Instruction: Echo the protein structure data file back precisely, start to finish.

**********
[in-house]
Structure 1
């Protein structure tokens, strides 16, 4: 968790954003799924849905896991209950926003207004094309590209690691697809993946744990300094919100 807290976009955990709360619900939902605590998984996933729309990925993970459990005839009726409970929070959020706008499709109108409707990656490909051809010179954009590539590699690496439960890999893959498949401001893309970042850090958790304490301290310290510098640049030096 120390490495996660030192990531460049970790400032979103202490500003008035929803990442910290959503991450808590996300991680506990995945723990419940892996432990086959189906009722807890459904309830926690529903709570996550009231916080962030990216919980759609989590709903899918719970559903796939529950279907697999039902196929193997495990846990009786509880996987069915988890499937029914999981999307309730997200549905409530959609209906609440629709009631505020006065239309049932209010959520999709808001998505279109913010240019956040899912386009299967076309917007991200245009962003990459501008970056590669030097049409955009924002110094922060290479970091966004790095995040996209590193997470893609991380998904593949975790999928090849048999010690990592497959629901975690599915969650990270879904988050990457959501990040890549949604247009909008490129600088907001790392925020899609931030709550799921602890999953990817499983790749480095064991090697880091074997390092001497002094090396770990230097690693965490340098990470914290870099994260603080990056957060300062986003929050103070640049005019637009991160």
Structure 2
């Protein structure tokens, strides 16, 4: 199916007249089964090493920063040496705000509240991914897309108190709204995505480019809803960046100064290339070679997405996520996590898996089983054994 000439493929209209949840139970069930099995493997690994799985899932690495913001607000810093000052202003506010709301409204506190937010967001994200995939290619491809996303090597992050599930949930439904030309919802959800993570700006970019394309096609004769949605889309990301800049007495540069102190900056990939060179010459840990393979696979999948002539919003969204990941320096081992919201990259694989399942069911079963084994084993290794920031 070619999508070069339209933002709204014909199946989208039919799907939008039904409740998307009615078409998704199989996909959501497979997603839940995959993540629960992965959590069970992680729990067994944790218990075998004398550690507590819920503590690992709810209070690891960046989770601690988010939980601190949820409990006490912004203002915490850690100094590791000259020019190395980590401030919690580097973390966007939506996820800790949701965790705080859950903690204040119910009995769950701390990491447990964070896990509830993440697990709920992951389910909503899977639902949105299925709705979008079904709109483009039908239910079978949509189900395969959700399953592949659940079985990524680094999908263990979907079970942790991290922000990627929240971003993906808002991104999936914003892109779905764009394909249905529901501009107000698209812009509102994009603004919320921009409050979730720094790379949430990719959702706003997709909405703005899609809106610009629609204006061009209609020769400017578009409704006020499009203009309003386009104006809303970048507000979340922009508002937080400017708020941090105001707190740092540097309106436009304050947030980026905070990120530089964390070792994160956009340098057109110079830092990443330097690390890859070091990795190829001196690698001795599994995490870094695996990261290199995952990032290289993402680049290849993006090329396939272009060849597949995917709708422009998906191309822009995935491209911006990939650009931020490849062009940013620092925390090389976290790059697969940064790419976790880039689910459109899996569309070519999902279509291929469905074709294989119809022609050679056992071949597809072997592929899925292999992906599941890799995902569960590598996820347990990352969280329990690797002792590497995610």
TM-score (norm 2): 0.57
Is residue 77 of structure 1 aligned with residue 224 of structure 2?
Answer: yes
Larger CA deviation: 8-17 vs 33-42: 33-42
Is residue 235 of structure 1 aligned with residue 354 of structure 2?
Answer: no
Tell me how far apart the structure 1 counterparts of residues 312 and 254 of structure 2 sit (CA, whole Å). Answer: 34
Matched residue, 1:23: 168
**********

[in-house]
Structure 1
């Protein structure tokens, strides 16, 4: 968790954003799924849905896991209950926003207004094309590209690691697809993946744990300094919100 807290976009955990709360619900939902605590998984996933729309990925993970459990005839009726409970929070959020706008499709109108409707990656490909051809010179954009590539590699690496439960890999893959498949401001893309970042850090958790304490301290310290510098640049030096 120390490495996660030192990531460049970790400032979103202490500003008035929803990442910290959503991450808590996300991680506990995945723990419940892996432990086959189906009722807890459904309830926690529903709570996550009231916080962030990216919980759609989590709903899918719970559903796939529950279907697999039902196929193997495990846990009786509880996987069915988890499937029914999981999307309730997200549905409530959609209906609440629709009631505020006065239309049932209010959520999709808001998505279109913010240019956040899912386009299967076309917007991200245009962003990459501008970056590669030097049409955009924002110094922060290479970091966004790095995040996209590193997470893609991380998904593949975790999928090849048999010690990592497959629901975690599915969650990270879904988050990457959501990040890549949604247009909008490129600088907001790392925020899609931030709550799921602890999953990817499983790749480095064991090697880091074997390092001497002094090396770990230097690693965490340098990470914290870099994260603080990056957060300062986003929050103070640049005019637009991160």
Structure 2
């Protein structure tokens, strides 16, 4: 199916007249089964090493920063040496705000509240991914897309108190709204995505480019809803960046100064290339070679997405996520996590898996089983054994 000439493929209209949840139970069930099995493997690994799985899932690495913001607000810093000052202003506010709301409204506190937010967001994200995939290619491809996303090597992050599930949930439904030309919802959800993570700006970019394309096609004769949605889309990301800049007495540069102190900056990939060179010459840990393979696979999948002539919003969204990941320096081992919201990259694989399942069911079963084994084993290794920031 070619999508070069339209933002709204014909199946989208039919799907939008039904409740998307009615078409998704199989996909959501497979997603839940995959993540629960992965959590069970992680729990067994944790218990075998004398550690507590819920503590690992709810209070690891960046989770601690988010939980601190949820409990006490912004203002915490850690100094590791000259020019190395980590401030919690580097973390966007939506996820800790949701965790705080859950903690204040119910009995769950701390990491447990964070896990509830993440697990709920992951389910909503899977639902949105299925709705979008079904709109483009039908239910079978949509189900395969959700399953592949659940079985990524680094999908263990979907079970942790991290922000990627929240971003993906808002991104999936914003892109779905764009394909249905529901501009107000698209812009509102994009603004919320921009409050979730720094790379949430990719959702706003997709909405703005899609809106610009629609204006061009209609020769400017578009409704006020499009203009309003386009104006809303970048507000979340922009508002937080400017708020941090105001707190740092540097309106436009304050947030980026905070990120530089964390070792994160956009340098057109110079830092990443330097690390890859070091990795190829001196690698001795599994995490870094695996990261290199995952990032290289993402680049290849993006090329396939272009060849597949995917709708422009998906191309822009995935491209911006990939650009931020490849062009940013620092925390090389976290790059697969940064790419976790880039689910459109899996569309070519999902279509291929469905074709294989119809022609050679056992071949597809072997592929899925292999992906599941890799995902569960590598996820347990990352969280329990690797002792590497995610």
TM-score (norm 2): 0.57
Is residue 77 of structure 1 aligned with residue 224 of structure 2?
Answer: yes
Larger CA deviation: 8-17 vs 33-42: 33-42
Is residue 235 of structure 1 aligned with residue 354 of structure 2?
Answer: no
Tell me how far apart the structure 1 counterparts of residues 312 and 254 of structure 2 sit (CA, whole Å). Answer: 34
Matched residue, 1:23: 168